Our yard is encompassed with a bounty of wildflowers, shrubs and trees, with many treasures. Right is Virgin's Bower Vine (the white flowers) and Joe Pye Weed (the tall dusty violet headed stalks). But I had not been out to enjoy it much in the past month.
Between persistent rains, floods, flood clean up and John breaking three ribs a few weeks ago, our yard had gone unmown for at least four and maybe five weeks. John's ribs still are not up to tackling that kind of job. I managed to mow the small area inside our fence a week ago before my back gave out, but even that had grown back. We were getting depressed about the state of things.
Thursday I happened to run into a friend I hadn't seen for a while, and heard that her son was trying to earn money for college with odd jobs, but hadn't had much luck lately. We called Evan Friday morning, and by dinner time Friday, our yard was once again a pleasant place to spend time. That is, as long as one avoids the mud-plain left behind by the flood. (The coal company's workers fixed the driveways very nicely, but they just sprinked grass seed and straw on the mud).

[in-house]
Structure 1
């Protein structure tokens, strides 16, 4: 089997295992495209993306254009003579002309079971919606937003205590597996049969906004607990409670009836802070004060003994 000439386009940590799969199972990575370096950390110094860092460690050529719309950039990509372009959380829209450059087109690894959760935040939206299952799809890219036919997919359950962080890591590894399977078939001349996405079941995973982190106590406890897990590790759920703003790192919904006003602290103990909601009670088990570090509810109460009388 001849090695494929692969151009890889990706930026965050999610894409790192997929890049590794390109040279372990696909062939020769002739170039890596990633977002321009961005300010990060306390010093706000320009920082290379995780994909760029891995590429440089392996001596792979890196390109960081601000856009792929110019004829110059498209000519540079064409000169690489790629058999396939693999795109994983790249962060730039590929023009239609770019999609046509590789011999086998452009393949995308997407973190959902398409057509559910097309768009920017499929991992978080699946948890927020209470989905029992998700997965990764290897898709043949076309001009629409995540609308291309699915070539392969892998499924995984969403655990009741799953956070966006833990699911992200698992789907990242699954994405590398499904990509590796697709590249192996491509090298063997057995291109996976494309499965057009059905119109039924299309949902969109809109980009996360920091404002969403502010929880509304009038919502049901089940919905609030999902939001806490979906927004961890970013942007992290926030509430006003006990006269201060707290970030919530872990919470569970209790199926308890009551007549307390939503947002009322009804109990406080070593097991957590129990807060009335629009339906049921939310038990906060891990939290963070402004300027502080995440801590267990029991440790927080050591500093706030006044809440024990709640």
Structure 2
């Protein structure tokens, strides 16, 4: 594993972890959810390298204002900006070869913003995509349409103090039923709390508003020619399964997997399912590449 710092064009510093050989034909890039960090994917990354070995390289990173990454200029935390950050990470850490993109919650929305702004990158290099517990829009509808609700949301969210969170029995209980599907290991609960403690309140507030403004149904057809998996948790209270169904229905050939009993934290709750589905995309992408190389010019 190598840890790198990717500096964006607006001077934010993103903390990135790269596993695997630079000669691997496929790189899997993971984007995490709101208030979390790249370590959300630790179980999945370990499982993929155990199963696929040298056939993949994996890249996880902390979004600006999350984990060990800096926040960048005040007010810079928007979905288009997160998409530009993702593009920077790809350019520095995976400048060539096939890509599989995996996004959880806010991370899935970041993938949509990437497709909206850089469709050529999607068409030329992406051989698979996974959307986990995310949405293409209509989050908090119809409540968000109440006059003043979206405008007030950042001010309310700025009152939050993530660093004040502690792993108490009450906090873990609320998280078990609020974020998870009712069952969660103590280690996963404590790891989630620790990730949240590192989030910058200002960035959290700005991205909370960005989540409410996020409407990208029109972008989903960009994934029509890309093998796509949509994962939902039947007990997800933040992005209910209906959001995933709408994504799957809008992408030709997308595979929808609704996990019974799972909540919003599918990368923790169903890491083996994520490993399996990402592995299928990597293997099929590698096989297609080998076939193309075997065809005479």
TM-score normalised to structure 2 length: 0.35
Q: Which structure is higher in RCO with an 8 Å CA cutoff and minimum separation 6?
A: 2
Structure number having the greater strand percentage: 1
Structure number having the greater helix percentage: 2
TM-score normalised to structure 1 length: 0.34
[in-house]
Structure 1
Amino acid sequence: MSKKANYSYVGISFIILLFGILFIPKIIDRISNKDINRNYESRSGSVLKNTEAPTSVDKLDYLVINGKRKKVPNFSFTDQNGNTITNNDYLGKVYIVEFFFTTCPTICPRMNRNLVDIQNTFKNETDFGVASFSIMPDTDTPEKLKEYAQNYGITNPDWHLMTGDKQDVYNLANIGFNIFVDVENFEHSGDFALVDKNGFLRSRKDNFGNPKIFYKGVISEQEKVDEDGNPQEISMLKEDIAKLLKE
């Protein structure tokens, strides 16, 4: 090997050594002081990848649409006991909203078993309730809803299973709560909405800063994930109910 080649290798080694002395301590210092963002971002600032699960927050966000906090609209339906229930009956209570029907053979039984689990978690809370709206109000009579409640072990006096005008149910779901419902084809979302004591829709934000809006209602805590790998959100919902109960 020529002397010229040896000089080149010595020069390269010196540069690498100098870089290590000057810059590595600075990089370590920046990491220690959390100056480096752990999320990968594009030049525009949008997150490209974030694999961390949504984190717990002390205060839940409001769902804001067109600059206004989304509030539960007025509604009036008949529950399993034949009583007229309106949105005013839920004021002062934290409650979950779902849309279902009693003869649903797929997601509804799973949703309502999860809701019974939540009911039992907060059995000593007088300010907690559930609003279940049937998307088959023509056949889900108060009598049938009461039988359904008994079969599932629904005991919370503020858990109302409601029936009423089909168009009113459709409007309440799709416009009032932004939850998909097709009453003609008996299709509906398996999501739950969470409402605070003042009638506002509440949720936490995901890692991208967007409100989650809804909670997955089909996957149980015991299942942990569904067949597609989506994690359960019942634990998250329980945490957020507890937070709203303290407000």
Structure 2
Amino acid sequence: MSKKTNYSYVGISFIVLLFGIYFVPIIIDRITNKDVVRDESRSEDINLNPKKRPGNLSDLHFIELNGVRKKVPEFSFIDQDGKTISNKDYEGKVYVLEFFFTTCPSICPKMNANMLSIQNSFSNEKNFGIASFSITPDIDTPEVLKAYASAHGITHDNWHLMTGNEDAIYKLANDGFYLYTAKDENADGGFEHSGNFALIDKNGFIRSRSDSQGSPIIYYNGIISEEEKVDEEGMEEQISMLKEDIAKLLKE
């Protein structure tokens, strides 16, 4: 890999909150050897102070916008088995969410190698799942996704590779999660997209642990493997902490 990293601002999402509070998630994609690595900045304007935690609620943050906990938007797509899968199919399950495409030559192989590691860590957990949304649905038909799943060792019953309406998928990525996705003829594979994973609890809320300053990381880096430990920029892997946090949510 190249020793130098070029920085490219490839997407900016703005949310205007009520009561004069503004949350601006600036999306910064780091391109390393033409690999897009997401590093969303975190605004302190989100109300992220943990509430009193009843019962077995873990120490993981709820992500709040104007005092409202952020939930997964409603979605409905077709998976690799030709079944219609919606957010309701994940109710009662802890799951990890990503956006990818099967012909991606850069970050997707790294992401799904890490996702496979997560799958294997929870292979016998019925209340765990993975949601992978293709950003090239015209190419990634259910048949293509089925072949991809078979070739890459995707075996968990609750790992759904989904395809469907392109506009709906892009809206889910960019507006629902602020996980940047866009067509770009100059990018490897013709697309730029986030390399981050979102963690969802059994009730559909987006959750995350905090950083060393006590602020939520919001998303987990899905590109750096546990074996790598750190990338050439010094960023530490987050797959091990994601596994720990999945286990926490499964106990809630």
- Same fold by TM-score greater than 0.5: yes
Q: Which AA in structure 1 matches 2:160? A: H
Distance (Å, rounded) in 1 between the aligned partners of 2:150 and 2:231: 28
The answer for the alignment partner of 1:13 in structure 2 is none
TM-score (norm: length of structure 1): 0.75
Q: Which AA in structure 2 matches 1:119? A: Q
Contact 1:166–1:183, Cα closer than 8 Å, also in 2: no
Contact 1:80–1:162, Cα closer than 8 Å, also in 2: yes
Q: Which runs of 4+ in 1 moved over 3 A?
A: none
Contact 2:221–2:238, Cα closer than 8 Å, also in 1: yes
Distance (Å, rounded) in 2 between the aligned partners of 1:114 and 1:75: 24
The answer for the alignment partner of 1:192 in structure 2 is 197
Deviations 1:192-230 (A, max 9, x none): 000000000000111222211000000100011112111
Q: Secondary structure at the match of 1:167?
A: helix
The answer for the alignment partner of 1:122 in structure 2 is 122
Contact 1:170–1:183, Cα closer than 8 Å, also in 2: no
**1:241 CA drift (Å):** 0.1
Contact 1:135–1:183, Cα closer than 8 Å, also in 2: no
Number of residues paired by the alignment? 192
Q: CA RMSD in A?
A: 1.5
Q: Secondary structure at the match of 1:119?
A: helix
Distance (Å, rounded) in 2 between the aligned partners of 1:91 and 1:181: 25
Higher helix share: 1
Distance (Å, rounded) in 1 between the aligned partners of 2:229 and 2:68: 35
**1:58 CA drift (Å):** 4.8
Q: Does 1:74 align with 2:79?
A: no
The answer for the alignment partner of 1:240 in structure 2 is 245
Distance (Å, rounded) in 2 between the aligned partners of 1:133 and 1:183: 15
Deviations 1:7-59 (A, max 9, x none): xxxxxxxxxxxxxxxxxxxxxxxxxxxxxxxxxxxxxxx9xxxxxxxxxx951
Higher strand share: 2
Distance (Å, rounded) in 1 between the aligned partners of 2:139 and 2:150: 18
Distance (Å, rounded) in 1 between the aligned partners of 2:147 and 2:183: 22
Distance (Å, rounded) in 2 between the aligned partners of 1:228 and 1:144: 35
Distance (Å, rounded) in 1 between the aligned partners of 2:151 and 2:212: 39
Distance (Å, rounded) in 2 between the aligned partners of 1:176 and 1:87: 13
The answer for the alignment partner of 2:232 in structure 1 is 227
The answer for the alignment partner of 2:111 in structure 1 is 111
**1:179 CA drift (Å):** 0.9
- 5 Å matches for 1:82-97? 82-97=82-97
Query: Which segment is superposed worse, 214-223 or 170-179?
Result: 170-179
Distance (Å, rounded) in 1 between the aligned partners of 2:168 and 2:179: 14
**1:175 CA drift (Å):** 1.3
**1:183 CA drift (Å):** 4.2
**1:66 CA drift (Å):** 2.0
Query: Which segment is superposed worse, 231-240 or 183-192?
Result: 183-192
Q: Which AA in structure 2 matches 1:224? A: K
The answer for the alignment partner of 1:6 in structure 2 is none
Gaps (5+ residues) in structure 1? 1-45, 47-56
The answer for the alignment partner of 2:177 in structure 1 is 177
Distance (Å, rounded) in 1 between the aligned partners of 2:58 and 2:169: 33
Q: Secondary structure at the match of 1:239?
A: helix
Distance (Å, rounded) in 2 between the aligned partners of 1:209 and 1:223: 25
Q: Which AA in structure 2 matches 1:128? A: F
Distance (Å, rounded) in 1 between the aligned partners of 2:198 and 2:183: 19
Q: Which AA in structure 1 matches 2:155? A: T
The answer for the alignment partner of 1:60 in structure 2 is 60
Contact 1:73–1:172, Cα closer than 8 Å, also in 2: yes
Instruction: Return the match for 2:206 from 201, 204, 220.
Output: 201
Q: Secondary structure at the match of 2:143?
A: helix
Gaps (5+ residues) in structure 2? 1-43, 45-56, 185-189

I suspect Evan thought we were a little nuts, but he dutifully left the six foot radius circles of undisturbed growth around our big maples, where such late sumemr delights as goldenrod (above left) reside.
Along the fence we share with the Johnson's are not yet ripe pokeberries or pokeweed (below right) whose dark purple berries are a favorite with the birds. Over the last decade we've gone from one spindly plant to a small forest of pokeweed due to leaving them undisturbed and letting nature (and bird digestion) do its thing.